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Remove Baffles, WS6 Hood?

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Old 03-09-2006, 06:01 PM   #1
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Default Remove Baffles, WS6 Hood?

I did a search and couldn't find anything. Would it be worth the trouble to remove the baffles from the inside of the hood to improve air flow? I'm sure this has come up before, sorry if it's a re-post.
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Old 03-09-2006, 10:09 PM   #2
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I'm sure this is covered somewhere in this site, but it's really easy.

Pop your hood and look at the bottom front section. You'll see a number of small rivets. Drill them out (I think it's an 1/8" bit, but it's been a long time since I did mine, you might need to eyeball it). Once all the rivets are drilled out, just reach in from behind and pop them out. They are glued in as well as riveted so you will have to apply pressure to break the glue. The front was tougher than the rear.

Be advised that the inside of the hood is white. I wanted to take my grill inserts out to have 4 smooth holes, but the white was just too much (on a black car), so I put the grills (not the baffles) back in for now. Once I get around to painting the debaffled insides I'll take them out.
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Old 03-09-2006, 10:23 PM   #3
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A guy named Brian Green made a kit to replace the baffles with smooth tunnels that connected dirrectly to the air box with no gap in between. You could order the tunnels black or color match your car. But he stoopped making it and only sells the gasket and a feew other pieces last time I checked. Maybe you can find one on ebay.
It was called the BG Ram Air.
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Old 03-09-2006, 10:26 PM   #4
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Quote:
Originally Posted by HPP
I'm sure this is covered somewhere in this site, but it's really easy.

Pop your hood and look at the bottom front section. You'll see a number of small rivets. Drill them out (I think it's an 1/8" bit, but it's been a long time since I did mine, you might need to eyeball it). Once all the rivets are drilled out, just reach in from behind and pop them out. They are glued in as well as riveted so you will have to apply pressure to break the glue. The front was tougher than the rear.

Be advised that the inside of the hood is white. I wanted to take my grill inserts out to have 4 smooth holes, but the white was just too much (on a black car), so I put the grills (not the baffles) back in for now. Once I get around to painting the debaffled insides I'll take them out.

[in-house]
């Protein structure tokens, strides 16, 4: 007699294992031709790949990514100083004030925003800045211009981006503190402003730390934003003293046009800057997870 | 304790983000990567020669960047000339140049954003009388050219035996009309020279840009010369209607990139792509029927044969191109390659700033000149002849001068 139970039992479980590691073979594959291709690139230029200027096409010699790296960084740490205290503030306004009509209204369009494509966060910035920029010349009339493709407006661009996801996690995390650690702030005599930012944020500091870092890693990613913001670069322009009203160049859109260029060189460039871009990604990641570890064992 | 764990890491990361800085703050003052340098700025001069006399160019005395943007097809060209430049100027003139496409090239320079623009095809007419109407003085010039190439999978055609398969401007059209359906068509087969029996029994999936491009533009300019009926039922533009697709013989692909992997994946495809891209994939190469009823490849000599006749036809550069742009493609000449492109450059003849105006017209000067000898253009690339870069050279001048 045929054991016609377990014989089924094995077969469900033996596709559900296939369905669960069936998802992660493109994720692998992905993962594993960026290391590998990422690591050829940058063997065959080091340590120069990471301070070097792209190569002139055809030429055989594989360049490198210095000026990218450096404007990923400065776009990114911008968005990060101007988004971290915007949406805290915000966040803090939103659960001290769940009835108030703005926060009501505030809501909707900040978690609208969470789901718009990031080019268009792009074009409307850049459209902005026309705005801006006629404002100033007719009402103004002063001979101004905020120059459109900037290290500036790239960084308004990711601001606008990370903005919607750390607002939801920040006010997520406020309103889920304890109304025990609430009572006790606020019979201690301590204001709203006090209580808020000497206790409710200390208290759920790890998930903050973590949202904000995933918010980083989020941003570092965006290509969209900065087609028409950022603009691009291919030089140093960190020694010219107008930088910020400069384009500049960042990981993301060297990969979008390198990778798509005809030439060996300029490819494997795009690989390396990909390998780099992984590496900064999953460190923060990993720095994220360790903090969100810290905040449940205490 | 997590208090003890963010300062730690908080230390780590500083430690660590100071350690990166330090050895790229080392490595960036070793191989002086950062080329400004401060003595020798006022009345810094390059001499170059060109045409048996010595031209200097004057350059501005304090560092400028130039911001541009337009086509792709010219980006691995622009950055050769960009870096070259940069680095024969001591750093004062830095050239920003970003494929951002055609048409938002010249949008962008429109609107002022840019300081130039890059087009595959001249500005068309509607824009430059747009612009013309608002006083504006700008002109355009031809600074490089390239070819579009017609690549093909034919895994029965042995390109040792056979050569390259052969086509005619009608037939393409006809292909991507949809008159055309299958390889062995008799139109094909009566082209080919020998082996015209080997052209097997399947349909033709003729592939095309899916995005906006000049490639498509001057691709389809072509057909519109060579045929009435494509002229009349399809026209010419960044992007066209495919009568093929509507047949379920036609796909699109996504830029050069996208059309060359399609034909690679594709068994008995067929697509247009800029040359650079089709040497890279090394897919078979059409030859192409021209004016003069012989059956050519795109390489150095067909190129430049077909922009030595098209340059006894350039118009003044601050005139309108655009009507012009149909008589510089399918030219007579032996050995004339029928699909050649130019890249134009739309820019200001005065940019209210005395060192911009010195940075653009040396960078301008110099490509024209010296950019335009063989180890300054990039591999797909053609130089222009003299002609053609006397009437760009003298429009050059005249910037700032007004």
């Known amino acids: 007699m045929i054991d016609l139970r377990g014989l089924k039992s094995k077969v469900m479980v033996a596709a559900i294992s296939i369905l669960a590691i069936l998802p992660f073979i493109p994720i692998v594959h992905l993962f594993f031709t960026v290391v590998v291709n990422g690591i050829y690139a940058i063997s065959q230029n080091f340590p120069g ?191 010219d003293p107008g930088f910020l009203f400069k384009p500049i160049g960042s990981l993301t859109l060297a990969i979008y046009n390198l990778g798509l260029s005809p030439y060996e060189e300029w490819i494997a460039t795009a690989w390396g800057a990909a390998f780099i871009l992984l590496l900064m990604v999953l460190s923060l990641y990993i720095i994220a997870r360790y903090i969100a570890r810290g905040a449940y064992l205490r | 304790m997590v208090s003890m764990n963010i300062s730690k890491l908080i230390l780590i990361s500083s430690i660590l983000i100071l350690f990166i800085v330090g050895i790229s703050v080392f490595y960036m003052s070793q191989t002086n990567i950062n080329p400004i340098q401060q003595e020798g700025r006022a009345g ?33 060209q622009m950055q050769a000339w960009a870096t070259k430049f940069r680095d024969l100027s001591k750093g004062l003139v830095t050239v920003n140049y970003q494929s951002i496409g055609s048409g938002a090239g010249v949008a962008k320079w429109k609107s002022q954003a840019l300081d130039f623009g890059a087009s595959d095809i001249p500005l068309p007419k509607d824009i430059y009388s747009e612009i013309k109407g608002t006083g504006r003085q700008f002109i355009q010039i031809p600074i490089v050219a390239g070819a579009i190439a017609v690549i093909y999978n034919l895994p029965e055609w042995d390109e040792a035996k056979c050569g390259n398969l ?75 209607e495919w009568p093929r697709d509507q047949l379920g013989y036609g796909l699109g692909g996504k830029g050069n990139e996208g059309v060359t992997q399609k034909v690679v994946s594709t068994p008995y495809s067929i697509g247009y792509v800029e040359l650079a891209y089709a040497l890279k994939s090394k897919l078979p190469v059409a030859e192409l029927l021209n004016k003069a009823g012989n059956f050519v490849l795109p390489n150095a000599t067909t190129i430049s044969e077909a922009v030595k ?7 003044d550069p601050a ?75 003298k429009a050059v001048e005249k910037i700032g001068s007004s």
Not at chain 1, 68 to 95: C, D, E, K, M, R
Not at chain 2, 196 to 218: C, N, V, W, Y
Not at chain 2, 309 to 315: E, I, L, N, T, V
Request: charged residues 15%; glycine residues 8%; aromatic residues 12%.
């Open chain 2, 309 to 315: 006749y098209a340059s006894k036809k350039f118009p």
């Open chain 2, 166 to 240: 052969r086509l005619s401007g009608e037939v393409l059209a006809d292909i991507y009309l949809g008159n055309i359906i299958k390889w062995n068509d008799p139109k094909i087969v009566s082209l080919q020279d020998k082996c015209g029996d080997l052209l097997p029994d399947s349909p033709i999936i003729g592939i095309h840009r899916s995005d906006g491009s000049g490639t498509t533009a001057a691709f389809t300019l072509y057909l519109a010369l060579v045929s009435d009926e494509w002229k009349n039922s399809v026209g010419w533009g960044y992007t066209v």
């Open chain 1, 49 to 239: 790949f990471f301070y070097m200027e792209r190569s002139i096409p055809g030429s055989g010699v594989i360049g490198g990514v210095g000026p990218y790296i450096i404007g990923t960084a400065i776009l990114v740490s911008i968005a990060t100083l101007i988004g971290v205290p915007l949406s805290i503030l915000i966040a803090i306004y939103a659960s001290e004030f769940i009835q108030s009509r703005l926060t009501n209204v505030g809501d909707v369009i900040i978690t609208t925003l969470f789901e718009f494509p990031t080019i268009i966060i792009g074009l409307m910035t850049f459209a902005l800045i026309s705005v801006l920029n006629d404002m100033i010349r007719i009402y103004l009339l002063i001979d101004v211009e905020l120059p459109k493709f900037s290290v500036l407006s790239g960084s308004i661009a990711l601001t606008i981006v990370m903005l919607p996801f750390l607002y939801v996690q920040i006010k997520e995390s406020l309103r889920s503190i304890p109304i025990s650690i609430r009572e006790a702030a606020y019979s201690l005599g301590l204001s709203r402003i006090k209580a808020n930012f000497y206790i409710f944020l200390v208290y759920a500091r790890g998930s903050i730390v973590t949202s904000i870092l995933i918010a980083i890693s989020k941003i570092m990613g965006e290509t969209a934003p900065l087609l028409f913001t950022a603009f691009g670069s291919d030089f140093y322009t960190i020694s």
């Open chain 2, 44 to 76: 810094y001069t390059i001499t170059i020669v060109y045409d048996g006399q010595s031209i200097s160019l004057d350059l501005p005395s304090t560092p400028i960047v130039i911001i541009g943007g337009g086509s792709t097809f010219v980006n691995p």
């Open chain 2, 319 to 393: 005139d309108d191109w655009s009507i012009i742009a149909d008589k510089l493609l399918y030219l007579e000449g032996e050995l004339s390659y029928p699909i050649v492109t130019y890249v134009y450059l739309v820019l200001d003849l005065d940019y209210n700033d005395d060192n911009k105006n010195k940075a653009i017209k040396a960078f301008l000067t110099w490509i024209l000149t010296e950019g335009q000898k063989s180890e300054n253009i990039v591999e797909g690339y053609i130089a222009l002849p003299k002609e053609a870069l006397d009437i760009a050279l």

"Rear" baffles?? I only see 1 set in front of the grill, where are the rear baffles located, I must be blind! Posta pic if ya can please.
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Old 03-09-2006, 10:28 PM   #5
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It's easy as pie to remove them. I did it to both of my cars. Did it really help? Who knows, can't hurt though.
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Old 03-10-2006, 09:54 AM   #6
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Quote:
Originally Posted by KillerKlown
"Rear" baffles?? I only see 1 set in front of the grill, where are the rear baffles located, I must be blind! Posta pic if ya can please.
My camera isn't working right now unfortunately, but if you look at the bottom of the front of the hood you'll see the rivets I mentioned and you'll notice there's a lot more than would be there for just the ones you can see behind the grill inserts.

Each intake has a single front baffel, and behind them, is 1 large rear baffle. If you reach around from behind and inside to feel the baffles, the rear is the one you feel.

So in stock form the air is going through the grills, hitting the front baffles, being shunted down, hitting the bottom of the inside of the hood and being shunted back, then hitting the rear baffle, being forced up to the top of the inside of the hood, and then over the baffle and down again to get under the airbox, where it then has to change direction once more to go up and through the airfilter to get down the intake. lol This is why people say it's only for looks and nothing more. Nutty engineers. Wonder how much crack they went through working on that.